The third quarter started promisingly with a pair of Parker jumpers (hey now!), but Davis -- and the gravitational pull he had on the Bucks' defense -- eventually led to a strong finish that saw New Orleans pull ahead by two heading into the final period. Battling foul trouble, Antetokounmpo started the fourth by setting up a three from Snell and a fast break layup for Mirza Teletovic to help the Bucks regain the lead early in the period, and Milwaukee would play from the front the rest of the way. Brogdon did his part with three buckets including a spot-up three, Giannis scored 10 of his 24 in the final nine minutes, and Delly repeatedly set up easy buckets out of P&R down the stretch.
- The Bucks shot 32 three pointers on the night. That is not a typo. 32 three point attempts. That is the most three pointers the Bucks have taken in a single game in the Jason Kidd Era.
- Tony Snell shot 9 threes, two short of his career high. Antetokounmpo took six threes, tying his career high.
- Minutes at Center: Miles Plumlee (14:05), John Henson (16:21), Greg Monroe (17:34). Henson played the final eight minutes of the game, primarily matched up on Anthony Davis.
- Rashad Vaughn collected another block against the Pelicans.
- The Bucks opened the game with a set for Jabari Parker, as they often do. Unfortunately, it required Miles Plumlee to get a catch on the elbow against Anthony Davis. Davis stole it and the Pelicans went the other way. The Bucks came back to the same set on the next possession and it resulted in a missed right elbow jumper from Parker.
- Same play to start the second half. Pelicans went underneath the hand off. Parker hit the jumper. A possession few minutes later Parker hit another jumper.
- For almost the entirety of the first half, Marques Johnson begged for Parker to take a pullup jumper, instead forcing his way to the rim.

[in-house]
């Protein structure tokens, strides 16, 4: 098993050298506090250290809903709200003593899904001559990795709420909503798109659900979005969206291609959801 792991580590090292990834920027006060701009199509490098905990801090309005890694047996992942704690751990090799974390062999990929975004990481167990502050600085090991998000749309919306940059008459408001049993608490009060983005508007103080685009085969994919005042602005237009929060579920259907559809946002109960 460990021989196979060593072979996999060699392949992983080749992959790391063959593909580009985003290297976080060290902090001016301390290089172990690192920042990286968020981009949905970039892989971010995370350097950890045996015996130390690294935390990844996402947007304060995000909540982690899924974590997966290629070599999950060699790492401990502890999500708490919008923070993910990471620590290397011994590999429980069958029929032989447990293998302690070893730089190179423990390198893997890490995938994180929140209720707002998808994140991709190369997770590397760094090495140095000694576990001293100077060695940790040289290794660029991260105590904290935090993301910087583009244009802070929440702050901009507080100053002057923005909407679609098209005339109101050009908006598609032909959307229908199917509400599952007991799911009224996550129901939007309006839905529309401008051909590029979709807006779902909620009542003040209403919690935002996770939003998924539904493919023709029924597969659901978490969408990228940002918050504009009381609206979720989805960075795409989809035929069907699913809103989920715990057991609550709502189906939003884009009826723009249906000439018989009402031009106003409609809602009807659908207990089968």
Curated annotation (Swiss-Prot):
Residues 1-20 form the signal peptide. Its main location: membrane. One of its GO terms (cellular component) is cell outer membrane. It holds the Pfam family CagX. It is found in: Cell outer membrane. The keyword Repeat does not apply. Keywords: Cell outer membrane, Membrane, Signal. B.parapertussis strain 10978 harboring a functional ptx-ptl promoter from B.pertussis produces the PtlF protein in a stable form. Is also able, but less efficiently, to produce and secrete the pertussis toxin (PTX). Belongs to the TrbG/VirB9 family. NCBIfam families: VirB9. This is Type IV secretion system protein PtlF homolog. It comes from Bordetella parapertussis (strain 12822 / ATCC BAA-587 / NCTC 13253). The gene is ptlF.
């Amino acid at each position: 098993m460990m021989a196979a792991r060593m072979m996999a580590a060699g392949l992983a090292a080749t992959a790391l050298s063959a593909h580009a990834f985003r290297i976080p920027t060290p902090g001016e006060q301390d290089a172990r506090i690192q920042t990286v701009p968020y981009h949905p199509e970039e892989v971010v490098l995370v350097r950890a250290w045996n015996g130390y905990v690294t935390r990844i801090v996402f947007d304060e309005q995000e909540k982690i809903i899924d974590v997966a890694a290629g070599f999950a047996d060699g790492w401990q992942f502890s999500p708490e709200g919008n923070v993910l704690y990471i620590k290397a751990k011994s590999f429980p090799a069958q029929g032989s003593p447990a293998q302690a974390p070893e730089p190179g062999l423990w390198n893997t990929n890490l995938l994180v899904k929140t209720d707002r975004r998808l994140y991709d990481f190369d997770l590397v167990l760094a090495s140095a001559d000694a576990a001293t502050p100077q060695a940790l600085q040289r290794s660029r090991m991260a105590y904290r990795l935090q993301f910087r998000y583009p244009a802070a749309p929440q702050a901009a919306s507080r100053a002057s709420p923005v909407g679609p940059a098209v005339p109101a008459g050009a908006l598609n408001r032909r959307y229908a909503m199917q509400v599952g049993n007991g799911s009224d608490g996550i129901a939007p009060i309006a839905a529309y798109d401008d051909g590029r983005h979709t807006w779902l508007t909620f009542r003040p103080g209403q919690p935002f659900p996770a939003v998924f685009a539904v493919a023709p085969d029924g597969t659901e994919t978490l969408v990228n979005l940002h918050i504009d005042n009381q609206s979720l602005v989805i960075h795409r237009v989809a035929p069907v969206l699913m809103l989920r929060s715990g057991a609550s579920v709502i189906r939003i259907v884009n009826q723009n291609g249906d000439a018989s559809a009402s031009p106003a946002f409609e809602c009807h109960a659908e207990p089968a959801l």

- Kidd removed Antetokounmpo with just over seven minutes left in the first quarter. After three minutes, Kidd brought Antetokounmpo back into the game for Parker and used him alongside Brogdon, Vaughn, Teletovic, and Monroe for the next three minutes.
- It appears as though the Bucks would have been able to go all 48 minutes with one of Antetokounmpo or Parker on the floor until Antetokounmpo picked up his fourth foul with 3:30 left in the third quarter. After seeing a multitude of minutes without either of them on the floor, it appears as Kidd has found a staggering pattern that will allow the Bucks to keep at least one of their young stars on the floor throughout the game.
- I’m still not really sure I can handle this version of Greg Monroe that is regularly blocking shots and getting steals. Seriously, though, Monroe has been active and pretty solid defensively this season.
- It also seems like Monroe and Antetokounmpo are more comfortable playing with each other this season. I mentioned Monroe looping behind Antetokounmpo for some opportunities in the season opener and Antetokounmpo found him again in close quarters this evening.
- Dellavedova just continues to go about his business this season. Makes the plays required of him. Moves the ball. Hits open threes.